• BANK Division 4.6.B BANK Division 4.6.B Securitisation process

    Inserted by QFCRA RM/2017-2 (as from 1st April 2017).

    • BANK 4.6.7 Process of securitisation

      (1) The process of a securitisation is:
      (a) first, the origination of assets or credit risk;
      (b) second, the transfer of the assets or credit risk; and
      (c) third, the issuance of securities to investors.
      (2) In a securitisation, the cash flow from the pool is used to make payments on obligations to at least 2 tranches or classes of investors (typically holders of debt securities), with each tranche or class being entitled to receive payments from the pool before or after another tranche or class of investors, so that the tranches or classes bear different levels of credit risk.
      Inserted by QFCRA RM/2017-2 (as from 1st April 2017).

    • BANK 4.6.8 Special purpose entities

      (1) A special purpose entity (or SPE) is a legal entity that is created solely for a particular financial transaction or series of transactions. The SPE must not engage in any other business.
      (2) In a securitisation, an SPE typically purchases and holds the assets for the purposes of the securitisation. The SPE's payment for the pool is typically funded by debt, including through the issue of securities by the SPE.


      The purpose of the SPE to facilitate the securitisation, and the extent of a banking business firm's involvement in the SPE, should be clear. The SPE's activities should be limited to those necessary to accomplish that purpose.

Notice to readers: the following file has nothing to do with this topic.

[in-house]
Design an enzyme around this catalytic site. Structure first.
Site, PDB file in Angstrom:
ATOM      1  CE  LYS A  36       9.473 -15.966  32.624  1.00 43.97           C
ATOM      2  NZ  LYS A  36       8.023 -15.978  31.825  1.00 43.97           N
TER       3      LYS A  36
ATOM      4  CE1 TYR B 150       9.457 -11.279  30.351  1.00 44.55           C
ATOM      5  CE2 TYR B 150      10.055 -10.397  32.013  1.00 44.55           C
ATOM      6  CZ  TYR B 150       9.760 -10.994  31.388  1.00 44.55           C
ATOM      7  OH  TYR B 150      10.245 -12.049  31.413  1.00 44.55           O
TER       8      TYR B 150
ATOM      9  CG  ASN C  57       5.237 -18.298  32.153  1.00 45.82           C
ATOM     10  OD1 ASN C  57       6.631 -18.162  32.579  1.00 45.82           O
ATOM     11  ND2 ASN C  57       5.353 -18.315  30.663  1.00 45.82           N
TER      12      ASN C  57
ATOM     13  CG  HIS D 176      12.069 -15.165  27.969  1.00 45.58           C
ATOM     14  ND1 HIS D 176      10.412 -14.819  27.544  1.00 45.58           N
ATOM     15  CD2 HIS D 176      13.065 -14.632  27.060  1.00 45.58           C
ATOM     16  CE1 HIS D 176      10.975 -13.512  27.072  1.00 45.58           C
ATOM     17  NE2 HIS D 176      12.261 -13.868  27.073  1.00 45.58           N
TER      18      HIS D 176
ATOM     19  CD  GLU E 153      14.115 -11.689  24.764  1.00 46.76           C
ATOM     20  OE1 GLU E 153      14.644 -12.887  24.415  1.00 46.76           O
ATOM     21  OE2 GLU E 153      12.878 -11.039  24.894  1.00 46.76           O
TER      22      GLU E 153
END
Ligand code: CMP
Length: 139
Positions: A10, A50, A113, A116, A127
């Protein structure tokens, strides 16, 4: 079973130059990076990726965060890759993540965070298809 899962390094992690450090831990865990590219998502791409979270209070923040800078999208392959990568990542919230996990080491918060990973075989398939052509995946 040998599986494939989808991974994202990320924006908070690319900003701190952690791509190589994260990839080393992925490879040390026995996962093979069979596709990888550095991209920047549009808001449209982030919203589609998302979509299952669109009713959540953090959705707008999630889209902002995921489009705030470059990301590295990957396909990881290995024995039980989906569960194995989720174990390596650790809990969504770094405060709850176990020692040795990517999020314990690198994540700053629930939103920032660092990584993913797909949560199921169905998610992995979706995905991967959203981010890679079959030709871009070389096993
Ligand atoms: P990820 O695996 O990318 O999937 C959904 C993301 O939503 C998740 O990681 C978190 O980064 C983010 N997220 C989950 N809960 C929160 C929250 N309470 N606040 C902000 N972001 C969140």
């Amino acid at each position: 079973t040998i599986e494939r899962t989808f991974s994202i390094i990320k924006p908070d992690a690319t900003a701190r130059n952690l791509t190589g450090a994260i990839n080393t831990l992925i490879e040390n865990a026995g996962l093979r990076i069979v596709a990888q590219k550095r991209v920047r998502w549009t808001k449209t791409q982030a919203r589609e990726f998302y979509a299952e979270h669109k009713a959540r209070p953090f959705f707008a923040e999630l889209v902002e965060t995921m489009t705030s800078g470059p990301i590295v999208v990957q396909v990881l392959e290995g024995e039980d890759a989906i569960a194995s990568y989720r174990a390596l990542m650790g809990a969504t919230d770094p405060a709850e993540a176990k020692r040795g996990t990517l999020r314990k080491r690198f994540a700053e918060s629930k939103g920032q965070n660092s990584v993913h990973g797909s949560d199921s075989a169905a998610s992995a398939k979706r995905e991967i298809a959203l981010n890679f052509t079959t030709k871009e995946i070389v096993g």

(3) Most securitisations require the creation of an SPE to:
      (a) hold the assets transferred by the originator;
      (b) issue securities based on the assets; and
      (c) act as intermediary between the originator and the investors.
      Note A synthetic securitisation may or may not require an SPE (see subrule 4.6.3 (3))
      (4) An SPE may take the form of a limited partnership, limited liability company, corporation, trust or collective investment fund. An SPE may also be established under a special law that allows the creation of SPEs.


      By its nature, an SPE is a legal shell with only the specific assets transferred by the originator (that is, the SPE has no other property in which any other party could have an interest).
      (5) An SPE must be bankruptcy-remote from the originator. It must not be consolidated with the originator for tax, accounting or legal purposes.
      (6) Any undertaking given by a banking business firm to an SPV must be stated clearly in the transaction documents for the securitisation.
      Inserted by QFCRA RM/2017-2 (as from 1st April 2017).